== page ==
I was eating lunch when a news article I read suddenly popped into my head.


And, I started thinking about it and, ya know…it would but how do we as a culture de-stigmatize the idea of eating people for food?

“Well,” I answered myself. “What if we had a very select people and isolated them, kept them well fed, healthy and completely ignorant that they are not so much a country but a herd. And when they are ready to be culled, we just take a few.

“Think about it. We could push diets on certain selections of the population in order to make them taste a certain way. Some meats could be leaner, some fatter. Some more seasoned and some less so. We could even have some conform to an idea that they won’t take certain medications so that they could be our “free range” or “organic” crop.”

And then it hit me. Oh, shit. What if it is already being done? And it’s AMERICA that is the cannibal food herd?

Think about it. All the diet crazes. We have some parts of society who are absolutely fitness crazy and others who are slobs to the point of being stupid. Some who are healthy, vaccinated and full of preservatives and a bunch of those who are unvaccinated.

“But how would they know when we are ready to be culled?”

That’s where Fit Bits come into play. And what about those “biometric” exams we have to take to keep our insurance. Our phones taking count of each footstep and calorie you’ve burned. All of it just another way to keep track of the herd

It all makes sense.

Excuse me but I’m going to unplug before the Farmers find out I’ve figured it out.

An explanation

This is the dedication in my latest story, Rumble.

I thought that this dedication needed a bit more explanation.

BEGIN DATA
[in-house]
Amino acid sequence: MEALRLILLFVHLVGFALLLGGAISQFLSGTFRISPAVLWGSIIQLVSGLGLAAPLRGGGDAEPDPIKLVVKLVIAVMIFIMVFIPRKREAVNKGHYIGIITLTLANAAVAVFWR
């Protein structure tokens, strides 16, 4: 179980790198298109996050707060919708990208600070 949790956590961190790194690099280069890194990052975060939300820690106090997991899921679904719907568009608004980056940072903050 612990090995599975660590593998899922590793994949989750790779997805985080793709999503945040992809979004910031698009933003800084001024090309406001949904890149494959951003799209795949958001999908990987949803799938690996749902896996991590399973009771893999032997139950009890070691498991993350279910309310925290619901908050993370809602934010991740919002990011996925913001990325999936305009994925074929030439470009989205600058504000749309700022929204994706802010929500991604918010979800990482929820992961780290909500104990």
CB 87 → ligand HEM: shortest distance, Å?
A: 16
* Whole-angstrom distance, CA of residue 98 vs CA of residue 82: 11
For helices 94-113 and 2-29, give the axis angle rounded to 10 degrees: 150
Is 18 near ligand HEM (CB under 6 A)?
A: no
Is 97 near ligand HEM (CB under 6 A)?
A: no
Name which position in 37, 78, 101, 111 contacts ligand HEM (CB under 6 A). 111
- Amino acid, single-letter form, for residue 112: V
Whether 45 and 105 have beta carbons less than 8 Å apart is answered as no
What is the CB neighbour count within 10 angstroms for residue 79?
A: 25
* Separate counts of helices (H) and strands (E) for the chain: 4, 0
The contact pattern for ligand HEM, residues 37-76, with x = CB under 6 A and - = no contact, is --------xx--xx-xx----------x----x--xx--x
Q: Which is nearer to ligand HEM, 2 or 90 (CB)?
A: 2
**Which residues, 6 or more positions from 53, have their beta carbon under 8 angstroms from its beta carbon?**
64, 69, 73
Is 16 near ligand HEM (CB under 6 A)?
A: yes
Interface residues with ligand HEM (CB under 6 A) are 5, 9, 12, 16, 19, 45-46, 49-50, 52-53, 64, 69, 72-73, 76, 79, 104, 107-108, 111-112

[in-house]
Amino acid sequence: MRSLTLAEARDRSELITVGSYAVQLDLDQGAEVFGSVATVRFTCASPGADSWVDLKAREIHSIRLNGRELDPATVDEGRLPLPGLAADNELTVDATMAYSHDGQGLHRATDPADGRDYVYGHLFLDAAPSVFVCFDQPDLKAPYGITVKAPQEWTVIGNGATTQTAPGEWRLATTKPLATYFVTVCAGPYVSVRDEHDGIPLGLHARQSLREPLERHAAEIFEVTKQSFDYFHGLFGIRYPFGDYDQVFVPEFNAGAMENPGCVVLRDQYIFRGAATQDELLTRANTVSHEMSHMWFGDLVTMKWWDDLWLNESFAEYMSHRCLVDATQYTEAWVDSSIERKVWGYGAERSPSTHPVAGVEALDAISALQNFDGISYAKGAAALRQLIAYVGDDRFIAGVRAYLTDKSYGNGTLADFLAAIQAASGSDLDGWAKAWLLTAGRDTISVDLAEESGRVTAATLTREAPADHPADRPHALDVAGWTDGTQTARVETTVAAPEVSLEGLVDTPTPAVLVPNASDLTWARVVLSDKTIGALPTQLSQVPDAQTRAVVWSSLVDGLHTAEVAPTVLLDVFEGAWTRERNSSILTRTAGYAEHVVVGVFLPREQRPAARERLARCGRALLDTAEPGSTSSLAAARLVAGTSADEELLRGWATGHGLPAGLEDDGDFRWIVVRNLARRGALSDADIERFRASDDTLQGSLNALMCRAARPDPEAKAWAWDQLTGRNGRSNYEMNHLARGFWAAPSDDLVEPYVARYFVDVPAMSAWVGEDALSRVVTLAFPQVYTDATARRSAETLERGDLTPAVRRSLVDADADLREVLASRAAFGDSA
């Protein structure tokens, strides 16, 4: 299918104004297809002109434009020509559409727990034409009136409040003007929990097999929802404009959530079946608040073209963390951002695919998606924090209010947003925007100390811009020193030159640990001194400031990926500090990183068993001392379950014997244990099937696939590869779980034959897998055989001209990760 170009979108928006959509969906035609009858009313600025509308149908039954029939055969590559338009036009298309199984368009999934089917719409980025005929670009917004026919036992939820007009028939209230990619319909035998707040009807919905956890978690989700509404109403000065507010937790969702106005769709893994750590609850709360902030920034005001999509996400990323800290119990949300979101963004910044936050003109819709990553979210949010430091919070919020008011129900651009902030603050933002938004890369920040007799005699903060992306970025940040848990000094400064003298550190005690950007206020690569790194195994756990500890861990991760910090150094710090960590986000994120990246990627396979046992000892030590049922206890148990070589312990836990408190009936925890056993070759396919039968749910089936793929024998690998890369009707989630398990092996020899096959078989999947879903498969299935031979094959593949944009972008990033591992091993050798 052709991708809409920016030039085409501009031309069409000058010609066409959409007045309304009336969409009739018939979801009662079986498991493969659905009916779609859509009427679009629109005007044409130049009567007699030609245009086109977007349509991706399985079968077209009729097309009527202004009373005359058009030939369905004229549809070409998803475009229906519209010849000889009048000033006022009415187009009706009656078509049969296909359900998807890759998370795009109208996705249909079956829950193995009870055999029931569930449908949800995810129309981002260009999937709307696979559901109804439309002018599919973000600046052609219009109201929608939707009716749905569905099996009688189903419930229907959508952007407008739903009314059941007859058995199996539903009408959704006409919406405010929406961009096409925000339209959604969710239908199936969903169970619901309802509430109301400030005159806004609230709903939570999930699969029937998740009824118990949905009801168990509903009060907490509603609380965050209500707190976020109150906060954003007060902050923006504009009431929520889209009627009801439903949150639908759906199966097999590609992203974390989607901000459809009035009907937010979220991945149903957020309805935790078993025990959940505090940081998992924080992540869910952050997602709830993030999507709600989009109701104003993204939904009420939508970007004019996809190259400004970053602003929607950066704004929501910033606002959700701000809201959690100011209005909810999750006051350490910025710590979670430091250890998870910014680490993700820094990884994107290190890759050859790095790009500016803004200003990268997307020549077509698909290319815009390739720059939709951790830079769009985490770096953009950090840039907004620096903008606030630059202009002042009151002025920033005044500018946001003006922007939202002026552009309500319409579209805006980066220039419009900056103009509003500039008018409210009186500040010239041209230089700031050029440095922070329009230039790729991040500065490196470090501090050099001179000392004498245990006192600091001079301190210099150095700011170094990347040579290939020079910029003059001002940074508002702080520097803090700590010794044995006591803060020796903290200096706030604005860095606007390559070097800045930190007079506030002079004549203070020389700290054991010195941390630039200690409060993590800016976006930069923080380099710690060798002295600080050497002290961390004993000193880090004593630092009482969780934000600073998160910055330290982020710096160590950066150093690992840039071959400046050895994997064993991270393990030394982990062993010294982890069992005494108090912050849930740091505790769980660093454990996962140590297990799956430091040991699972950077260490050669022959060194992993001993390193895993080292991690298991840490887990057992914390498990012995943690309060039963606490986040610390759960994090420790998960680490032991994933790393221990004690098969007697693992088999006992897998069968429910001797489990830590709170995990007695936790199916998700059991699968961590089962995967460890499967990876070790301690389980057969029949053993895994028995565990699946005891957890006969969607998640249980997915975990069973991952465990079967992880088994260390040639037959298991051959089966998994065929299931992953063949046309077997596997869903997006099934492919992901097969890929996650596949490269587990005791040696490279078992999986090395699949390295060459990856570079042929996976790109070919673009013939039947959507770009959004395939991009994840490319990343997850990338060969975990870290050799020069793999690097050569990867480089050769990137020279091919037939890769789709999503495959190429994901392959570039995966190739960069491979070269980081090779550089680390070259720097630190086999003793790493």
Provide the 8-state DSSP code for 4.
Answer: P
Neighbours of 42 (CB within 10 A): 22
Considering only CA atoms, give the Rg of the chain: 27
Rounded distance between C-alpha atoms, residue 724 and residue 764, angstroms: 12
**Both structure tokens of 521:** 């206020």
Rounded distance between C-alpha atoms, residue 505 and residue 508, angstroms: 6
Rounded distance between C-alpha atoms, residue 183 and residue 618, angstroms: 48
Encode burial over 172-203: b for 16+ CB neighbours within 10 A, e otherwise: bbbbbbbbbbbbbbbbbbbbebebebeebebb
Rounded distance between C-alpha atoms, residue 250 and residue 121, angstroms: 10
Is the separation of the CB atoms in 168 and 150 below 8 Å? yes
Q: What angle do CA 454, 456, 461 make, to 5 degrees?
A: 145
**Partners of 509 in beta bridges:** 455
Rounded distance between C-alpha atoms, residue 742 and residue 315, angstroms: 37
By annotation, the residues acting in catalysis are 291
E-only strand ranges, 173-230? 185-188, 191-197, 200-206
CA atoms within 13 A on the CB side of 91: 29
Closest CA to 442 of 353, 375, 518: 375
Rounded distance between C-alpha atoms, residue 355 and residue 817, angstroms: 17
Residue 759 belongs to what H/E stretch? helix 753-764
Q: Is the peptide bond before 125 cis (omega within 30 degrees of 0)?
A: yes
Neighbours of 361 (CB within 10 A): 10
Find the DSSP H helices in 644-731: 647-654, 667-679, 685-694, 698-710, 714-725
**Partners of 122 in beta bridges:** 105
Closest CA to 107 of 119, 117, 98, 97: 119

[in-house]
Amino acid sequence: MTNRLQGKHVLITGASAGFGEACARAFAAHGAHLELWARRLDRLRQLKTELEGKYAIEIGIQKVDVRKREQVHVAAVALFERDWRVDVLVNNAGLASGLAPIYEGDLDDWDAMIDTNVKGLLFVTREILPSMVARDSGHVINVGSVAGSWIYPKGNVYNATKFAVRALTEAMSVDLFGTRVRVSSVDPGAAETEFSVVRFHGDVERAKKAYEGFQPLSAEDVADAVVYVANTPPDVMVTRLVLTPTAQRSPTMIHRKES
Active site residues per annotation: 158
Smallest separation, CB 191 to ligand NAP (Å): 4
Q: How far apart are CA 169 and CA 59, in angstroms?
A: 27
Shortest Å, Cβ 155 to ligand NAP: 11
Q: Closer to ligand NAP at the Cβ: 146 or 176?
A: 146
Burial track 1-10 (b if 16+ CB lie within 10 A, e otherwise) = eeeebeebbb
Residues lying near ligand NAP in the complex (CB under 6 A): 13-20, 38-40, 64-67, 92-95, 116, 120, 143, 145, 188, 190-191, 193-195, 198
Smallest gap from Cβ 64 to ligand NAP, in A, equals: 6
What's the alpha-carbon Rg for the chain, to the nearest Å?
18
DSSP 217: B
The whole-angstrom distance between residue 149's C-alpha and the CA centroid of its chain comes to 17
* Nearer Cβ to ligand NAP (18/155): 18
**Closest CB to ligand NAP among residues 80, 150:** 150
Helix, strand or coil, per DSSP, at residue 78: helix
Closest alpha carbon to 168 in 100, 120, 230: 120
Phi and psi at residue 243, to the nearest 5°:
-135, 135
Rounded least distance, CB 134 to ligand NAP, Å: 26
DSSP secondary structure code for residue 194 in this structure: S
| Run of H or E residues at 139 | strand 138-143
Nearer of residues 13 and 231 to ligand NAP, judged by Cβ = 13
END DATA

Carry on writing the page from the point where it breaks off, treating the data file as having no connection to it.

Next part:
So, sit back and listen to why she was the best teacher an eleven-year-old little weirdo could hope for.

I remember the first day of sixth grade. 1977. Mrs. Tarkington, a tall, strikingly beautiful woman with skin the color of mocha and large, dark eyes, said to her class, “I want to let you in on a little secret. Last night, you went to bed on the planet Earth but, this morning, you woke up on Mars.”

Now, this was a mind shattering revelation to 11-year-old Nik. You must understand that I put teachers, like books, on pedestals. They were ALWAYS true. Everything that came out of their mouths was gospel.

It didn’t help matters that that previous summer, I devoured UFO magazines. I spent that hot summer doing chores or just outright stealing money (I had a very lucrative side grift but that’s for another post) to fund this new obsession of mine. And those UFO magazines, pulpy pieces that Adult Nik sees as outright lies and complete conspiracy drivel, to Kid Nik were absolute truth.

So, when she said that we had been mysteriously whisked away from Earth to Mars, I thought, “Huh. Okay. Wow. Really? Wow. How?” And then my brain started concocting all sorts of scenarios ranging from Government conspiracies to Alien abduction.

So, the idea that we went to bed on Earth and woke up on Mars? All right. Cool. What’s next?

After much back and forth between the more skeptical of the class that turned into outright arguments between the Earthers and the Martians, Mrs. Tarkington clapped her hands and said, “GOOD! That’s what I want. My goal this year, class, is to teach you all how to think critically. NEVER accept anything that comes out of my mouth as truth. Always ask for proof. ALWAYS.”

This was life changing. While I was still very much a Mulder (my Sculley days were still years in the future), I loved her too much to be angry at being tricked for very long.

As the year went on, her classroom became a sanctuary for me. My homelife at that time was not good. I don’t want to go into it here but…it was the beginning of a very dark period of my childhood. So, having 8 hours in Mrs. Tarkington’s class was a bright point.